Supplements are popular, but are they necessary? Health experts respond
PHOENIX (3TV/CBS 5) - Many people turn to vitamins and dietary supplements to improve nutrient deficiencies or general health. Are you one of them? Do they work, or are they a waste of money and possibly dangerous?
A new survey from Consumer Reports shines the light on some of the most popular supplements, with findings that might surprise you. According to a survey by Consumer Reports, 60% of adults in the U.S. take at least one supplement daily. But do these supplements work? It’s difficult to know whether a supplement is working, especially if you are taking medication or making lifestyle changes simultaneously.
In addition to vitamins and multivitamins, the most popular supplements Americans take to support overall health are fish oil, calcium, and probiotics. Research shows that taking fish oil can help reduce inflammation, calcium supplements can help with bone health, and probiotics can treat diarrhea from taking antibiotics. So far, however, no research demonstrates that probiotics improve overall health.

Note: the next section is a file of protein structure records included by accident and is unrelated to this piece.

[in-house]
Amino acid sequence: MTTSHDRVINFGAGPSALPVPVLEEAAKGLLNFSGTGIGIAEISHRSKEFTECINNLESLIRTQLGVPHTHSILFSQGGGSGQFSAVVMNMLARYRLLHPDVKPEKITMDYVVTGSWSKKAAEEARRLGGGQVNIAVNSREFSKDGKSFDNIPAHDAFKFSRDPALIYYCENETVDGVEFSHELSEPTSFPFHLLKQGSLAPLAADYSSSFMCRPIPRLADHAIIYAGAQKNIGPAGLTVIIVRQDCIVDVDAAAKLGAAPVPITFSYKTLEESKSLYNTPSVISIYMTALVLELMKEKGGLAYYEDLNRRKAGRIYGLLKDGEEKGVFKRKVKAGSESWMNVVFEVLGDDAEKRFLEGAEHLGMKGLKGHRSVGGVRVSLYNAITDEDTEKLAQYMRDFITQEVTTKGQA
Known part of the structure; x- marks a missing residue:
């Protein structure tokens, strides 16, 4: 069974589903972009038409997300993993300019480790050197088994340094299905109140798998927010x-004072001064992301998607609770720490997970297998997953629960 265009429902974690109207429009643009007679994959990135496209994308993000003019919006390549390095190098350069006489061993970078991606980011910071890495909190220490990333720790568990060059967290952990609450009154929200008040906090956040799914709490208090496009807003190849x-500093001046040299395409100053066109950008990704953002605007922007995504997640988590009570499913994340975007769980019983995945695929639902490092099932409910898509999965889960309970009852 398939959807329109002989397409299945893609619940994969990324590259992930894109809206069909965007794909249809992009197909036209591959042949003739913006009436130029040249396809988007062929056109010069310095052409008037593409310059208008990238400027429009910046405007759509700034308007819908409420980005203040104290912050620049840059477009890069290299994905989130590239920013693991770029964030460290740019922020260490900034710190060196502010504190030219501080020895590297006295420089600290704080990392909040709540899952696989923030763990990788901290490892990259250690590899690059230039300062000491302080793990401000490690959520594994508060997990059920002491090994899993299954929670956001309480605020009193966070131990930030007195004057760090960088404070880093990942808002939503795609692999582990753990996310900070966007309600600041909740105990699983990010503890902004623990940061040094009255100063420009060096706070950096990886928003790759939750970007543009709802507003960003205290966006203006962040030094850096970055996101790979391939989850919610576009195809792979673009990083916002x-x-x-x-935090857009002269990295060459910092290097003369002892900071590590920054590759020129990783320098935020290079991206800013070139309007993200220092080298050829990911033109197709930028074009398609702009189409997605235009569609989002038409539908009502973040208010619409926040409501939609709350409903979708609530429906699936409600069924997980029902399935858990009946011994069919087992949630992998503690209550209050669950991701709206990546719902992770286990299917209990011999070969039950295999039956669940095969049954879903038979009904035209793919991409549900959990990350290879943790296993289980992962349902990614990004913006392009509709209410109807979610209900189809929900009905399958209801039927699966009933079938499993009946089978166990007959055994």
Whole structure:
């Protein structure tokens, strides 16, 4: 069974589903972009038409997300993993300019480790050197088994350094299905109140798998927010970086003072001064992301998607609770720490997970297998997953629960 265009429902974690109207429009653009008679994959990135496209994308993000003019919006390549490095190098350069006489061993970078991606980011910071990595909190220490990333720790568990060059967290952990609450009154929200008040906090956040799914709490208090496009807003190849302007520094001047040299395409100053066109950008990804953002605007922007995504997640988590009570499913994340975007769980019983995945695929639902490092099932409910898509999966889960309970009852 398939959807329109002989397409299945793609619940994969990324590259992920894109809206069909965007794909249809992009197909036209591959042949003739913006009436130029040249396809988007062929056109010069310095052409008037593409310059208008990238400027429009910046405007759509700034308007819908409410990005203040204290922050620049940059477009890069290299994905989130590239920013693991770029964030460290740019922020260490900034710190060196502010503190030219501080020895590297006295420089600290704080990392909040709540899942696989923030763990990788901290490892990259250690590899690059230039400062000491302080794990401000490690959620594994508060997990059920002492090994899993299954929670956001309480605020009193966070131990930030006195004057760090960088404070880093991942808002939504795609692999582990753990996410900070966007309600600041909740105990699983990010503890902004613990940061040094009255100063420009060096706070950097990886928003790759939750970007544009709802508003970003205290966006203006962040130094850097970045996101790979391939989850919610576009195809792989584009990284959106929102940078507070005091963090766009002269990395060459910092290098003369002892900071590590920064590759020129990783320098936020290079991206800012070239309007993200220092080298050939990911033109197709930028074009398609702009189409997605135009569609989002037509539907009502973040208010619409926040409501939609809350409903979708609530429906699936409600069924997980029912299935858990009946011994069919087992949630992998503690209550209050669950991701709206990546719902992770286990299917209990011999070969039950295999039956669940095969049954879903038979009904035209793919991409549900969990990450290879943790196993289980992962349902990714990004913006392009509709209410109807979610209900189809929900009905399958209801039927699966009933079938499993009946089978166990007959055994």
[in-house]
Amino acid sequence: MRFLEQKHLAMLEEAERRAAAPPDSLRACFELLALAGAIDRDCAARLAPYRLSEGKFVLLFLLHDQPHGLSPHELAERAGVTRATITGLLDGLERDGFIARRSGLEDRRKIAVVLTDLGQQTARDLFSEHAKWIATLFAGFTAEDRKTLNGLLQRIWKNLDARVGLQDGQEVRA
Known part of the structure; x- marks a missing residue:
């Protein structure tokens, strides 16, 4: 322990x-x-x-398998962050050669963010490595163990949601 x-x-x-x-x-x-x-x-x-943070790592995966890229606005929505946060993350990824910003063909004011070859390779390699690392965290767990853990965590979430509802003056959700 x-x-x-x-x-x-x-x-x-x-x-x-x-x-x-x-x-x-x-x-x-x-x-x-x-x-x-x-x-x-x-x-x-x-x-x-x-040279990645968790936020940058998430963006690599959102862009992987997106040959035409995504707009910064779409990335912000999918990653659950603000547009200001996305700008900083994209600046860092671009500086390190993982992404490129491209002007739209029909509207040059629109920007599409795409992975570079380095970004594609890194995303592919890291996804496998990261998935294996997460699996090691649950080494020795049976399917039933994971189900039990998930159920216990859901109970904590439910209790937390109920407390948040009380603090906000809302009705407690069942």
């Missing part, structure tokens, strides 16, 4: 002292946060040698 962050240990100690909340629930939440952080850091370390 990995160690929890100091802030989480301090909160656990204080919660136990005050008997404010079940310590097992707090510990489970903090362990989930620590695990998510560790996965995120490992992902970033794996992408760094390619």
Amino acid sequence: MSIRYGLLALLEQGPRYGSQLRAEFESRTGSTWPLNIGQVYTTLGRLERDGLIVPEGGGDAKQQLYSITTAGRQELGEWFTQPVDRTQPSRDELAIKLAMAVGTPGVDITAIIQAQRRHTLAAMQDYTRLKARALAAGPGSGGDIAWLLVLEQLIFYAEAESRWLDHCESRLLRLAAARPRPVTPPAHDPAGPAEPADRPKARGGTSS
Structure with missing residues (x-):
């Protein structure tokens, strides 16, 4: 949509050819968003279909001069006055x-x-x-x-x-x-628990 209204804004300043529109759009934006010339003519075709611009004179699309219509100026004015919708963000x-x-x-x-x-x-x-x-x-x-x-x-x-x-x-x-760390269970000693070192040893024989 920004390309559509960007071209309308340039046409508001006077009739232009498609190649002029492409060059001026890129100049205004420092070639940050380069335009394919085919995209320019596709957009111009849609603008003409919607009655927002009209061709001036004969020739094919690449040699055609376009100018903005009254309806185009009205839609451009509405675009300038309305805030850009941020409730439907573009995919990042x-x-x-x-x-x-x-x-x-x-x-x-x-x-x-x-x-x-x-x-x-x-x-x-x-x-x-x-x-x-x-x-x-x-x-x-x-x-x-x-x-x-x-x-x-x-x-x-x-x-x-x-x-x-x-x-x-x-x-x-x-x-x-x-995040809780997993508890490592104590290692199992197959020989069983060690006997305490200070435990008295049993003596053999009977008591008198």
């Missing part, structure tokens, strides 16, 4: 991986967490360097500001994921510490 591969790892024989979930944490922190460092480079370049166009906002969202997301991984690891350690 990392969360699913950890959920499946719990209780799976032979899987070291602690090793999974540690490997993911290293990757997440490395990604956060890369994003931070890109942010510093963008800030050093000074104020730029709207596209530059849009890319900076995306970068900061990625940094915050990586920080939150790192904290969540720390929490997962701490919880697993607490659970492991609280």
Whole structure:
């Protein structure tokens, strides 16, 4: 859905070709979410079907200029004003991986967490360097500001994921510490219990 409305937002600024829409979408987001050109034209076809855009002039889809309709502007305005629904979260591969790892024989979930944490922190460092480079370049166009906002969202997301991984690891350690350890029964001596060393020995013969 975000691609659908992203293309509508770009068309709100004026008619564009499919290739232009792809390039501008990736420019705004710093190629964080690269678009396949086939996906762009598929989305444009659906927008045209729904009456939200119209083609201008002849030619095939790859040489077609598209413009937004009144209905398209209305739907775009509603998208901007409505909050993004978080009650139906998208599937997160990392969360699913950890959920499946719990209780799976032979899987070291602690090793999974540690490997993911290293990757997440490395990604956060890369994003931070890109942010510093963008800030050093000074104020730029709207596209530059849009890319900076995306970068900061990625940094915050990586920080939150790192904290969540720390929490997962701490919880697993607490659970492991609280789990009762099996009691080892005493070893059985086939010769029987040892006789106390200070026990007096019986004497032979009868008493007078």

When it comes to supplements taken to strengthen immunity, one of the most popular is zinc. Unless you are zinc deficient, you’re probably getting the recommended amount by eating a balanced diet. There is also evidence that a diet rich in antioxidants such as berries or blackberries, pumpkin, carrots, and cruciferous vegetables may support brain health.
Melatonin was the most popular supplement for sleep, and CR says there’s a good reason. Taking melatonin can help you fall asleep about seven minutes faster, and studies show it’s particularly helpful for those with jet lag or sleep disorders. However, to avoid interfering with the body’s natural production of it, health experts encourage individuals to avoid taking high doses over long periods.
After biotin, collagen was the second-most common supplement taken in the survey to make hair, skin, and nails healthier. However, some supplements come with serious side effects, like liver damage. Consumer Reports recommends avoiding chaparral, coltsfoot, and comfrey. In general, the risk increases with the larger the dosage and the longer the supplement is taken.
Here’s 10 risky supplements that Consumer Reports, with the help of a panel of doctors and researchers, says you should steer clear of:
- Greater celandine
- Pennyroyal oil
- Usnic Acid
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